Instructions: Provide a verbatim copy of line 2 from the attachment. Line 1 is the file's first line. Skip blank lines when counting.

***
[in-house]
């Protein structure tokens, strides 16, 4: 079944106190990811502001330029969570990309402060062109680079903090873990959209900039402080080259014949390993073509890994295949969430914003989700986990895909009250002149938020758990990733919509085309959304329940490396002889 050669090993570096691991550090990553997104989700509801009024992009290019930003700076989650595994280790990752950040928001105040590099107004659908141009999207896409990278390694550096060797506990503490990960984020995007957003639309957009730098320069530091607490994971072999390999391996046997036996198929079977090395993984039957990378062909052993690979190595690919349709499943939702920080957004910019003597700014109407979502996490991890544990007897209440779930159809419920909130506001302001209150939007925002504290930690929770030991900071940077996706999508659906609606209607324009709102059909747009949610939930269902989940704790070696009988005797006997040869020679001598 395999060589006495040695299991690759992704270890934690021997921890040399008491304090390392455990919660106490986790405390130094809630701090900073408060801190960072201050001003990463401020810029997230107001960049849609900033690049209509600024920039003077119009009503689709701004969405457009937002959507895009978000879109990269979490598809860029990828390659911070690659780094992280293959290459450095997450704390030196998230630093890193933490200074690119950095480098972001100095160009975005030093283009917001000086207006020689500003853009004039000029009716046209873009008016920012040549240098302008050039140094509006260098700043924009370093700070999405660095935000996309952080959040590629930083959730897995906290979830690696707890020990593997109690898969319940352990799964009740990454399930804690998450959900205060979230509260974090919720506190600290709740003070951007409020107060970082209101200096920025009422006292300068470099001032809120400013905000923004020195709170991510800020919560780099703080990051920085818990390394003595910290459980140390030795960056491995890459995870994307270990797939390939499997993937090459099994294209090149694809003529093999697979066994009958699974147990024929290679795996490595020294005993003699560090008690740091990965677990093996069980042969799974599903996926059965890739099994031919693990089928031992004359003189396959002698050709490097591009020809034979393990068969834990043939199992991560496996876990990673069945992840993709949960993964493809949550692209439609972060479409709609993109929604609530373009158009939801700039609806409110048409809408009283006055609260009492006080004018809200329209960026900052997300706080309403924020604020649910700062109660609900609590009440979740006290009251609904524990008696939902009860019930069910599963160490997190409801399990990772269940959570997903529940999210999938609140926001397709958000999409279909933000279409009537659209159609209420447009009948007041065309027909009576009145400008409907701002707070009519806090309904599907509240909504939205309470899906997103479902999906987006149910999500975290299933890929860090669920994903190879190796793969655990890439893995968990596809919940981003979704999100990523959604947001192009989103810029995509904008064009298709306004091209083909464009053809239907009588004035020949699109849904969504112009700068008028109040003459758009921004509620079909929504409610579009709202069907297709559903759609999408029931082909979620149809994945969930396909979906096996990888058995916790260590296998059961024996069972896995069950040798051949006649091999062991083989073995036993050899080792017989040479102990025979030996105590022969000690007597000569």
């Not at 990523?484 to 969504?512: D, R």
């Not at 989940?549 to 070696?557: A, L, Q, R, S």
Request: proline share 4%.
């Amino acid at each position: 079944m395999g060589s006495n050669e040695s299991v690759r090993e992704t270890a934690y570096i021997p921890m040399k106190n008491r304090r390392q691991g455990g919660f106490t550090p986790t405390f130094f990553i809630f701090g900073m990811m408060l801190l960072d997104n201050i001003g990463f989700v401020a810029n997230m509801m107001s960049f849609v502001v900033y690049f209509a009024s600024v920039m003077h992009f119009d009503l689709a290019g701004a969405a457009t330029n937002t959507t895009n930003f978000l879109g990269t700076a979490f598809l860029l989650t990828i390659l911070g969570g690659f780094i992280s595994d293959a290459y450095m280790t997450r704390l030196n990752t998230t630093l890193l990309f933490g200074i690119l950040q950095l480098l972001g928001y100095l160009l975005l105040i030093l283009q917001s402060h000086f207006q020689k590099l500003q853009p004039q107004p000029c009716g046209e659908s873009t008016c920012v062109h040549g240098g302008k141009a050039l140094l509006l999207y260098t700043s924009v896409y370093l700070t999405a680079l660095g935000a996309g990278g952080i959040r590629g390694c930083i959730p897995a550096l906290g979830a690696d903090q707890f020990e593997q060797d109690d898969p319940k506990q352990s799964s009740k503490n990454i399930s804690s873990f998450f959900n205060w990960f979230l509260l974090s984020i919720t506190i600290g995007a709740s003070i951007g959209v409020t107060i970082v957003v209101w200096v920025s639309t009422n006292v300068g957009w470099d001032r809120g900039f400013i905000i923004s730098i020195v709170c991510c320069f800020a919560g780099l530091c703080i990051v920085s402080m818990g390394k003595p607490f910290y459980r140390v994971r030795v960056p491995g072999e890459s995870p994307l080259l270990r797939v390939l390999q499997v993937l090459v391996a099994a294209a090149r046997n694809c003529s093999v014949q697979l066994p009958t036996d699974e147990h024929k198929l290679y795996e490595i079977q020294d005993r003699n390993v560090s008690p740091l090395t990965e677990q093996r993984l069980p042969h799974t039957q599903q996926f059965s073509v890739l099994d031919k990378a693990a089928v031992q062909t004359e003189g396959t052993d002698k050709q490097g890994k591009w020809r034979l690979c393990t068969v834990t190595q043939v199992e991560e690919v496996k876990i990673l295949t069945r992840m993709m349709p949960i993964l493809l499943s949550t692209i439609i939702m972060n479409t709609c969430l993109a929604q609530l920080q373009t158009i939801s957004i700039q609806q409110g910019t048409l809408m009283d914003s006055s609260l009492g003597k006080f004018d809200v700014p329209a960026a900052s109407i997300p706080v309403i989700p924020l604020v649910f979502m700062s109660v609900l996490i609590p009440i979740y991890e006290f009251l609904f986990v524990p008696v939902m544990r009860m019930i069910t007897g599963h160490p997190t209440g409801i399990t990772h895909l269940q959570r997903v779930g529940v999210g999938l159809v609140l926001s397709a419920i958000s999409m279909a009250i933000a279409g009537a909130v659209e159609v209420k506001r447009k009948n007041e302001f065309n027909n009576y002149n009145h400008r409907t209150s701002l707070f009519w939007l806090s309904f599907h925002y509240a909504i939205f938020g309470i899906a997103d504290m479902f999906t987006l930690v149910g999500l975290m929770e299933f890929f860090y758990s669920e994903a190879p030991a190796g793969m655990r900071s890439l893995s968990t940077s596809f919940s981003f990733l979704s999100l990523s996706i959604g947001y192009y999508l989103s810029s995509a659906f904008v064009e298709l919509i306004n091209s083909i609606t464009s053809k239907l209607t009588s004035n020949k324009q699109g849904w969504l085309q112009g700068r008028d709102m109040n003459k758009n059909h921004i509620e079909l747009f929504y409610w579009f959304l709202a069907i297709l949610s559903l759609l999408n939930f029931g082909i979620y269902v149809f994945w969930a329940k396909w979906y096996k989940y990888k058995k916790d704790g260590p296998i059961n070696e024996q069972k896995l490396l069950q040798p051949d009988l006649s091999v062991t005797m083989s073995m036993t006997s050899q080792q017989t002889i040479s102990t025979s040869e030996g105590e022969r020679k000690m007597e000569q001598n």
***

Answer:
């Protein structure tokens, strides 16, 4: 079944106190990811502001330029969570990309402060062109680079903090873990959209900039402080080259014949390993073509890994295949969430914003989700986990895909009250002149938020758990990733919509085309959304329940490396002889 050669090993570096691991550090990553997104989700509801009024992009290019930003700076989650595994280790990752950040928001105040590099107004659908141009999207896409990278390694550096060797506990503490990960984020995007957003639309957009730098320069530091607490994971072999390999391996046997036996198929079977090395993984039957990378062909052993690979190595690919349709499943939702920080957004910019003597700014109407979502996490991890544990007897209440779930159809419920909130506001302001209150939007925002504290930690929770030991900071940077996706999508659906609606209607324009709102059909747009949610939930269902989940704790070696009988005797006997040869020679001598 395999060589006495040695299991690759992704270890934690021997921890040399008491304090390392455990919660106490986790405390130094809630701090900073408060801190960072201050001003990463401020810029997230107001960049849609900033690049209509600024920039003077119009009503689709701004969405457009937002959507895009978000879109990269979490598809860029990828390659911070690659780094992280293959290459450095997450704390030196998230630093890193933490200074690119950095480098972001100095160009975005030093283009917001000086207006020689500003853009004039000029009716046209873009008016920012040549240098302008050039140094509006260098700043924009370093700070999405660095935000996309952080959040590629930083959730897995906290979830690696707890020990593997109690898969319940352990799964009740990454399930804690998450959900205060979230509260974090919720506190600290709740003070951007409020107060970082209101200096920025009422006292300068470099001032809120400013905000923004020195709170991510800020919560780099703080990051920085818990390394003595910290459980140390030795960056491995890459995870994307270990797939390939499997993937090459099994294209090149694809003529093999697979066994009958699974147990024929290679795996490595020294005993003699560090008690740091990965677990093996069980042969799974599903996926059965890739099994031919693990089928031992004359003189396959002698050709490097591009020809034979393990068969834990043939199992991560496996876990990673069945992840993709949960993964493809949550692209439609972060479409709609993109929604609530373009158009939801700039609806409110048409809408009283006055609260009492006080004018809200329209960026900052997300706080309403924020604020649910700062109660609900609590009440979740006290009251609904524990008696939902009860019930069910599963160490997190409801399990990772269940959570997903529940999210999938609140926001397709958000999409279909933000279409009537659209159609209420447009009948007041065309027909009576009145400008409907701002707070009519806090309904599907509240909504939205309470899906997103479902999906987006149910999500975290299933890929860090669920994903190879190796793969655990890439893995968990596809919940981003979704999100990523959604947001192009989103810029995509904008064009298709306004091209083909464009053809239907009588004035020949699109849904969504112009700068008028109040003459758009921004509620079909929504409610579009709202069907297709559903759609999408029931082909979620149809994945969930396909979906096996990888058995916790260590296998059961024996069972896995069950040798051949006649091999062991083989073995036993050899080792017989040479102990025979030996105590022969000690007597000569």